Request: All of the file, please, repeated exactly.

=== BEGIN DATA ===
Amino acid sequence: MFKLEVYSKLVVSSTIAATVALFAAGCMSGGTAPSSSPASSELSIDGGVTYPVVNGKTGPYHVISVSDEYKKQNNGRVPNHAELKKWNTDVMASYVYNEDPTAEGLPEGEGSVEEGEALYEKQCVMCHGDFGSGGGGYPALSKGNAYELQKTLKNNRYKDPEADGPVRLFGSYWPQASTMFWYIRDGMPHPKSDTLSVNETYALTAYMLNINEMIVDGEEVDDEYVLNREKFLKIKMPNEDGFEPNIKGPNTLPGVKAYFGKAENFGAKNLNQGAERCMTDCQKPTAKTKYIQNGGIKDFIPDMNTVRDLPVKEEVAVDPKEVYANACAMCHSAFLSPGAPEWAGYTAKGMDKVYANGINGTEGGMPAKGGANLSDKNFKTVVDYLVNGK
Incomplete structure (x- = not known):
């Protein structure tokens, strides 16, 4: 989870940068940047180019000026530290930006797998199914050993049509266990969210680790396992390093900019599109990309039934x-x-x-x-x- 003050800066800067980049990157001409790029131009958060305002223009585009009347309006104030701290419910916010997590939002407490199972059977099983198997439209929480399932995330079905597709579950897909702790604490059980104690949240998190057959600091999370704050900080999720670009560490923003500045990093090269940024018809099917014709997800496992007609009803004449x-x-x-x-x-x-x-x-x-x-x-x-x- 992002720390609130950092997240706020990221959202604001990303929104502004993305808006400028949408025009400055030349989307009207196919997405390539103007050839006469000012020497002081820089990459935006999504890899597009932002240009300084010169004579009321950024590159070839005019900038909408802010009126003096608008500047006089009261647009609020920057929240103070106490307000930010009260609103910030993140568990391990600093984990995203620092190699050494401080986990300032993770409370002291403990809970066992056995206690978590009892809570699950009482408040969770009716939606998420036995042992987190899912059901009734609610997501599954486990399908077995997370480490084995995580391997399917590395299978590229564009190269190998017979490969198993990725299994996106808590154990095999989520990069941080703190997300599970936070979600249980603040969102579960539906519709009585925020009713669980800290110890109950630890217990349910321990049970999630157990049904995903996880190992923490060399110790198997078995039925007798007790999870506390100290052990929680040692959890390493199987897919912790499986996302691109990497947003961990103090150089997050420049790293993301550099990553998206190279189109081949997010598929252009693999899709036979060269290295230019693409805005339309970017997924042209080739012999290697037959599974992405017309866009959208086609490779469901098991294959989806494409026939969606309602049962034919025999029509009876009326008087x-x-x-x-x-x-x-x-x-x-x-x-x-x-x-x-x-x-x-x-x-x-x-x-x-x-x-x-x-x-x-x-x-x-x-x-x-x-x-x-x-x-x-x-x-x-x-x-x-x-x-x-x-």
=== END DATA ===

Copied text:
Amino acid sequence: MFKLEVYSKLVVSSTIAATVALFAAGCMSGGTAPSSSPASSELSIDGGVTYPVVNGKTGPYHVISVSDEYKKQNNGRVPNHAELKKWNTDVMASYVYNEDPTAEGLPEGEGSVEEGEALYEKQCVMCHGDFGSGGGGYPALSKGNAYELQKTLKNNRYKDPEADGPVRLFGSYWPQASTMFWYIRDGMPHPKSDTLSVNETYALTAYMLNINEMIVDGEEVDDEYVLNREKFLKIKMPNEDGFEPNIKGPNTLPGVKAYFGKAENFGAKNLNQGAERCMTDCQKPTAKTKYIQNGGIKDFIPDMNTVRDLPVKEEVAVDPKEVYANACAMCHSAFLSPGAPEWAGYTAKGMDKVYANGINGTEGGMPAKGGANLSDKNFKTVVDYLVNGK
Incomplete structure (x- = not known):
């Protein structure tokens, strides 16, 4: 989870940068940047180019000026530290930006797998199914050993049509266990969210680790396992390093900019599109990309039934x-x-x-x-x- 003050800066800067980049990157001409790029131009958060305002223009585009009347309006104030701290419910916010997590939002407490199972059977099983198997439209929480399932995330079905597709579950897909702790604490059980104690949240998190057959600091999370704050900080999720670009560490923003500045990093090269940024018809099917014709997800496992007609009803004449x-x-x-x-x-x-x-x-x-x-x-x-x- 992002720390609130950092997240706020990221959202604001990303929104502004993305808006400028949408025009400055030349989307009207196919997405390539103007050839006469000012020497002081820089990459935006999504890899597009932002240009300084010169004579009321950024590159070839005019900038909408802010009126003096608008500047006089009261647009609020920057929240103070106490307000930010009260609103910030993140568990391990600093984990995203620092190699050494401080986990300032993770409370002291403990809970066992056995206690978590009892809570699950009482408040969770009716939606998420036995042992987190899912059901009734609610997501599954486990399908077995997370480490084995995580391997399917590395299978590229564009190269190998017979490969198993990725299994996106808590154990095999989520990069941080703190997300599970936070979600249980603040969102579960539906519709009585925020009713669980800290110890109950630890217990349910321990049970999630157990049904995903996880190992923490060399110790198997078995039925007798007790999870506390100290052990929680040692959890390493199987897919912790499986996302691109990497947003961990103090150089997050420049790293993301550099990553998206190279189109081949997010598929252009693999899709036979060269290295230019693409805005339309970017997924042209080739012999290697037959599974992405017309866009959208086609490779469901098991294959989806494409026939969606309602049962034919025999029509009876009326008087x-x-x-x-x-x-x-x-x-x-x-x-x-x-x-x-x-x-x-x-x-x-x-x-x-x-x-x-x-x-x-x-x-x-x-x-x-x-x-x-x-x-x-x-x-x-x-x-x-x-x-x-x-």